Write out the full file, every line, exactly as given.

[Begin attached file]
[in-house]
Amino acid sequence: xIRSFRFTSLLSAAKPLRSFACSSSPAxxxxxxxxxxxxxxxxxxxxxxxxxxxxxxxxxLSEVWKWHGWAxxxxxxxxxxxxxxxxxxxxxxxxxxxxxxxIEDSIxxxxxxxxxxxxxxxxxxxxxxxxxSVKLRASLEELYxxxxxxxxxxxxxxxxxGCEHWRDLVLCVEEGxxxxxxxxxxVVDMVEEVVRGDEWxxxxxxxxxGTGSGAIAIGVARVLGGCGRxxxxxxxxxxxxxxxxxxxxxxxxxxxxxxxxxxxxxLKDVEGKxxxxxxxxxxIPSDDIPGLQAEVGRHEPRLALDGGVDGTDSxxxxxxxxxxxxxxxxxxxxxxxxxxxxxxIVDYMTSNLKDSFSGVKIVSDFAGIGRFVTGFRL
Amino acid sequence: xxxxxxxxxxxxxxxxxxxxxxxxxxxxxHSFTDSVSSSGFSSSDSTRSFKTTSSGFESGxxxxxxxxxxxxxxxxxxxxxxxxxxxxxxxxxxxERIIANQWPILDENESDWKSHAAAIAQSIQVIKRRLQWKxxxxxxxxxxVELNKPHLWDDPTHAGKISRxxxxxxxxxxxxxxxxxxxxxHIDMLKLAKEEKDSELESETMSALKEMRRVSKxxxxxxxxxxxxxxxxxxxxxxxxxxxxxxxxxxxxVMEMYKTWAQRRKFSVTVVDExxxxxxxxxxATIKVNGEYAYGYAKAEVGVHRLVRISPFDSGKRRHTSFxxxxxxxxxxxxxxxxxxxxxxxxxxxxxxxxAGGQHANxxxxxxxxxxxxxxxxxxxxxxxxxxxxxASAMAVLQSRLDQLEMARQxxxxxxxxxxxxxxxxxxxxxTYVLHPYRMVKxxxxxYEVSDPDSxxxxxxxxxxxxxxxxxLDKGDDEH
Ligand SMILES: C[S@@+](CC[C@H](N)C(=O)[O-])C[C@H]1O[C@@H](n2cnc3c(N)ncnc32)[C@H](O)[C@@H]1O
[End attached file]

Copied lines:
[in-house]
Amino acid sequence: xIRSFRFTSLLSAAKPLRSFACSSSPAxxxxxxxxxxxxxxxxxxxxxxxxxxxxxxxxxLSEVWKWHGWAxxxxxxxxxxxxxxxxxxxxxxxxxxxxxxxIEDSIxxxxxxxxxxxxxxxxxxxxxxxxxSVKLRASLEELYxxxxxxxxxxxxxxxxxGCEHWRDLVLCVEEGxxxxxxxxxxVVDMVEEVVRGDEWxxxxxxxxxGTGSGAIAIGVARVLGGCGRxxxxxxxxxxxxxxxxxxxxxxxxxxxxxxxxxxxxxLKDVEGKxxxxxxxxxxIPSDDIPGLQAEVGRHEPRLALDGGVDGTDSxxxxxxxxxxxxxxxxxxxxxxxxxxxxxxIVDYMTSNLKDSFSGVKIVSDFAGIGRFVTGFRL
Amino acid sequence: xxxxxxxxxxxxxxxxxxxxxxxxxxxxxHSFTDSVSSSGFSSSDSTRSFKTTSSGFESGxxxxxxxxxxxxxxxxxxxxxxxxxxxxxxxxxxxERIIANQWPILDENESDWKSHAAAIAQSIQVIKRRLQWKxxxxxxxxxxVELNKPHLWDDPTHAGKISRxxxxxxxxxxxxxxxxxxxxxHIDMLKLAKEEKDSELESETMSALKEMRRVSKxxxxxxxxxxxxxxxxxxxxxxxxxxxxxxxxxxxxVMEMYKTWAQRRKFSVTVVDExxxxxxxxxxATIKVNGEYAYGYAKAEVGVHRLVRISPFDSGKRRHTSFxxxxxxxxxxxxxxxxxxxxxxxxxxxxxxxxAGGQHANxxxxxxxxxxxxxxxxxxxxxxxxxxxxxASAMAVLQSRLDQLEMARQxxxxxxxxxxxxxxxxxxxxxTYVLHPYRMVKxxxxxYEVSDPDSxxxxxxxxxxxxxxxxxLDKGDDEH
Ligand SMILES: C[S@@+](CC[C@H](N)C(=O)[O-])C[C@H]1O[C@@H](n2cnc3c(N)ncnc32)[C@H](O)[C@@H]1O